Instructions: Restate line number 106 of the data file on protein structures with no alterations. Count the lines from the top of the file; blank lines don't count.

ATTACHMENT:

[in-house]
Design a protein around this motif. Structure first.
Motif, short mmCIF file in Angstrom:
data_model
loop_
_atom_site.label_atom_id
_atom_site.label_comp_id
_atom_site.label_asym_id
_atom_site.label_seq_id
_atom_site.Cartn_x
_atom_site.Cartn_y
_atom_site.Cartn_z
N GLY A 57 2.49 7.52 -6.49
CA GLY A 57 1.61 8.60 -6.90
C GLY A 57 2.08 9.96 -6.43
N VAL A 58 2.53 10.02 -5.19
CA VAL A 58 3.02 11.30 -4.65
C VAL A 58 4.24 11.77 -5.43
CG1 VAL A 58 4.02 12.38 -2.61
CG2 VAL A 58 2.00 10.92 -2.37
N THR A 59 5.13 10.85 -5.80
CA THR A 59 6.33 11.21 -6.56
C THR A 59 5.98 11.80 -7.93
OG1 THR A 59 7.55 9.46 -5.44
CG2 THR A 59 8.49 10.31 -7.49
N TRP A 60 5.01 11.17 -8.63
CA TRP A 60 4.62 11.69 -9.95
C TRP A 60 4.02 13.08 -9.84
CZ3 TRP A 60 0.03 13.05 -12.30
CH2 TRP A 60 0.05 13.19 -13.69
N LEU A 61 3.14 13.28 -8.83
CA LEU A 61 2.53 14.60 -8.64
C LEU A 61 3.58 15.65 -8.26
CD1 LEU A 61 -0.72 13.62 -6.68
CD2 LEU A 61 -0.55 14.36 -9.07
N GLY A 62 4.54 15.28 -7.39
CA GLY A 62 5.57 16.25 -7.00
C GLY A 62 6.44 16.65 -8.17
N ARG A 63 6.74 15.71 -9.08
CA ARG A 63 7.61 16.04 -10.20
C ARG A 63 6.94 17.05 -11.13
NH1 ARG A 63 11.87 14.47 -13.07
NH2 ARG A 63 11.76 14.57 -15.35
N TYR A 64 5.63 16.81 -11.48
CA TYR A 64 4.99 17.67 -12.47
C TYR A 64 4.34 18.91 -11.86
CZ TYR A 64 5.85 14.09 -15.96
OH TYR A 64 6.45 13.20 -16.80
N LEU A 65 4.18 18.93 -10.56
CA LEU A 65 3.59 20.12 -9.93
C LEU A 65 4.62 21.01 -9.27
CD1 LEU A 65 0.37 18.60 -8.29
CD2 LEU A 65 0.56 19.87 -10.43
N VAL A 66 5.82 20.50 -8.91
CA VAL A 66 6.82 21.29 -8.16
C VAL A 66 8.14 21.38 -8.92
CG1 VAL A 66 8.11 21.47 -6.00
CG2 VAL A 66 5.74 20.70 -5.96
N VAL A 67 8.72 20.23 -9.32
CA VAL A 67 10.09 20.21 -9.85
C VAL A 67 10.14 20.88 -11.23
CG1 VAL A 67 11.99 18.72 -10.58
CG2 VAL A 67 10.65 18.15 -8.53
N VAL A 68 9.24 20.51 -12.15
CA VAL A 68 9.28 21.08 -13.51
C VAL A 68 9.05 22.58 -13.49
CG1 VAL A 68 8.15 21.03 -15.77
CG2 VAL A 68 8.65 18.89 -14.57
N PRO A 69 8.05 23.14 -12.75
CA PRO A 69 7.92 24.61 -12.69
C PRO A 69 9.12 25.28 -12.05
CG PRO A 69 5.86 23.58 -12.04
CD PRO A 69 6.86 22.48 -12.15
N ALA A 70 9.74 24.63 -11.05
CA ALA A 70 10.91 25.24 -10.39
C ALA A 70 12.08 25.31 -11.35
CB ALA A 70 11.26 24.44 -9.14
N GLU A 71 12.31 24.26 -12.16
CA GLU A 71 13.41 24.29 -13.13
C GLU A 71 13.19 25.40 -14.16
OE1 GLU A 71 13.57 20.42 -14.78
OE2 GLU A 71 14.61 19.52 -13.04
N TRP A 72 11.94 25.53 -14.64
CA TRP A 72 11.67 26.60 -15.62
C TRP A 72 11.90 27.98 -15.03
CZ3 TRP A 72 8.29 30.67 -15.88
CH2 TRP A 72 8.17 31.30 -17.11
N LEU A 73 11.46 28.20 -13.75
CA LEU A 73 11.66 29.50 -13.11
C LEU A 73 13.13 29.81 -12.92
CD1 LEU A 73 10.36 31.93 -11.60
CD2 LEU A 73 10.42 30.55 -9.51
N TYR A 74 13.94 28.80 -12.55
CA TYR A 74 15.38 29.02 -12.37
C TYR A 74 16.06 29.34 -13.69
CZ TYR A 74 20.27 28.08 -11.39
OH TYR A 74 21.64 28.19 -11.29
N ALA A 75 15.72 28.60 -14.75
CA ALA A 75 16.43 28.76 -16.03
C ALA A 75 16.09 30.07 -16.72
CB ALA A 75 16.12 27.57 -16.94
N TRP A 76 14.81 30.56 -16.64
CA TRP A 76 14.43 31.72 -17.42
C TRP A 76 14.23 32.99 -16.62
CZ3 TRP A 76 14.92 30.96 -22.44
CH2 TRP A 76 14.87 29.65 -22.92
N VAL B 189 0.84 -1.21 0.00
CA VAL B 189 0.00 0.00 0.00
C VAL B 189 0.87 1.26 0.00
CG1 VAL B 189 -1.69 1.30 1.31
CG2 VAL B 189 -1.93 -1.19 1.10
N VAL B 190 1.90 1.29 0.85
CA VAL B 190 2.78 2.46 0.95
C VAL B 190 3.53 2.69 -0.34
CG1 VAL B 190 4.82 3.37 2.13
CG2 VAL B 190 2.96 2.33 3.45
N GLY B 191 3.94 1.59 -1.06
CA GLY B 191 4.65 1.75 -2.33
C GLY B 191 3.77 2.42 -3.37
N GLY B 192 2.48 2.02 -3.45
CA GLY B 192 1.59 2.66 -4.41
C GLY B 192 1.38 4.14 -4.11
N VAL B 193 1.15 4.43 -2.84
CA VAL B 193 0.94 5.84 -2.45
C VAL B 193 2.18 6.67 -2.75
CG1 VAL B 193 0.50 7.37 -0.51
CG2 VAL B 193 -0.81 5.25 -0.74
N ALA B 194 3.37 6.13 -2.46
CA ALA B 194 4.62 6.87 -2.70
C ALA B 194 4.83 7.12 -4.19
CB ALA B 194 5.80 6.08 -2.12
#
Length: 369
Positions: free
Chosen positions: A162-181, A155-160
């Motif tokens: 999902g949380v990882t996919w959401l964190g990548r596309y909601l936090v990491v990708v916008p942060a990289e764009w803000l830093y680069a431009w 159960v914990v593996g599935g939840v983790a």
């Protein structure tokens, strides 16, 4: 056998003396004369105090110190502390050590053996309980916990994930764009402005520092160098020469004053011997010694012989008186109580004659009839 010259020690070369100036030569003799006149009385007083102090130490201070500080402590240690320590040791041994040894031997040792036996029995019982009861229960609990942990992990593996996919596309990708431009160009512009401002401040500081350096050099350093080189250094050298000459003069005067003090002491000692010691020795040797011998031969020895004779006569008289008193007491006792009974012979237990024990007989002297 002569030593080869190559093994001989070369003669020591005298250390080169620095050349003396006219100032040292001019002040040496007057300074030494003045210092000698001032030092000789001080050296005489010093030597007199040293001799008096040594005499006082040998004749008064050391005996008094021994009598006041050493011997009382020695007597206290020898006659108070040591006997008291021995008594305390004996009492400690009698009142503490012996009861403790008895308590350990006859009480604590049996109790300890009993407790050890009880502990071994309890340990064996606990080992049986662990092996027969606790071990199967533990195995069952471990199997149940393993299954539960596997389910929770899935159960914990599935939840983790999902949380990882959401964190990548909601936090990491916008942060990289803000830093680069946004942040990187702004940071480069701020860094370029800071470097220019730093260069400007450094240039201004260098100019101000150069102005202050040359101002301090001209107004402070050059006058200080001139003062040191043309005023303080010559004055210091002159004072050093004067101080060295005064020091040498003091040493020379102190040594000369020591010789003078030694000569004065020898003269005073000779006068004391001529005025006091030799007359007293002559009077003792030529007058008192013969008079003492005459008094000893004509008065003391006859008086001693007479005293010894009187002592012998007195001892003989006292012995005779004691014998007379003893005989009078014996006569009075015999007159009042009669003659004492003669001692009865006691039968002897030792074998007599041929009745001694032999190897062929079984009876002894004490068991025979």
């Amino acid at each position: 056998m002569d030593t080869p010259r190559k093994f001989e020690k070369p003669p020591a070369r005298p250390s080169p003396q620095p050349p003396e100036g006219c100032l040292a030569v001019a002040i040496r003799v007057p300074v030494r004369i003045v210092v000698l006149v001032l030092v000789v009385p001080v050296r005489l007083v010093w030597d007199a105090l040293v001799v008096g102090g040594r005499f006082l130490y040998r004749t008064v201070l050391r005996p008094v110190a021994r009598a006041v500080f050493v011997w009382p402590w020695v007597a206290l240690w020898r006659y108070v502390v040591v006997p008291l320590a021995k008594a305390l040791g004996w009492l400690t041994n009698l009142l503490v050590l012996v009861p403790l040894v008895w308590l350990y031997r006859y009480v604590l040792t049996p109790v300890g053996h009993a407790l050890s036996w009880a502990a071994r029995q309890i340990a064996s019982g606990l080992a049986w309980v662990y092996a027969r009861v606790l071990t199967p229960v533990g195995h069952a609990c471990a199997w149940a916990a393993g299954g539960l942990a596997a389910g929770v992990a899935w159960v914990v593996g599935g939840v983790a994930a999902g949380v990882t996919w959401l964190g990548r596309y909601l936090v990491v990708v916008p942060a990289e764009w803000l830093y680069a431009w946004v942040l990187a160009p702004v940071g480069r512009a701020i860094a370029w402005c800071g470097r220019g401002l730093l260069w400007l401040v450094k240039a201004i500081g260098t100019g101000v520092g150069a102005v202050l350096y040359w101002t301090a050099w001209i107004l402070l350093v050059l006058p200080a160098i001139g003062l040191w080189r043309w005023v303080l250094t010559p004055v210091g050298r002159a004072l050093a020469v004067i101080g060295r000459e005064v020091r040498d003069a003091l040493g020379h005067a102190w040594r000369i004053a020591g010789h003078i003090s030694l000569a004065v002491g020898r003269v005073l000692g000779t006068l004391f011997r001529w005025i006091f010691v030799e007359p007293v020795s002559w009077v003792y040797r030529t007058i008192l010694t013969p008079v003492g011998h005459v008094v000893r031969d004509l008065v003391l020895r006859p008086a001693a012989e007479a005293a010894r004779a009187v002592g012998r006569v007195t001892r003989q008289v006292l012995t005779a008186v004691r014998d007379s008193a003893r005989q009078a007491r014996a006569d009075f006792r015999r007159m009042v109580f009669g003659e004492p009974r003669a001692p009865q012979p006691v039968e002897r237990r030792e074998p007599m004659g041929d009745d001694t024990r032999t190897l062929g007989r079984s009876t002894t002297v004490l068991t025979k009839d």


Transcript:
CH2 TRP A 76 14.87 29.65 -22.92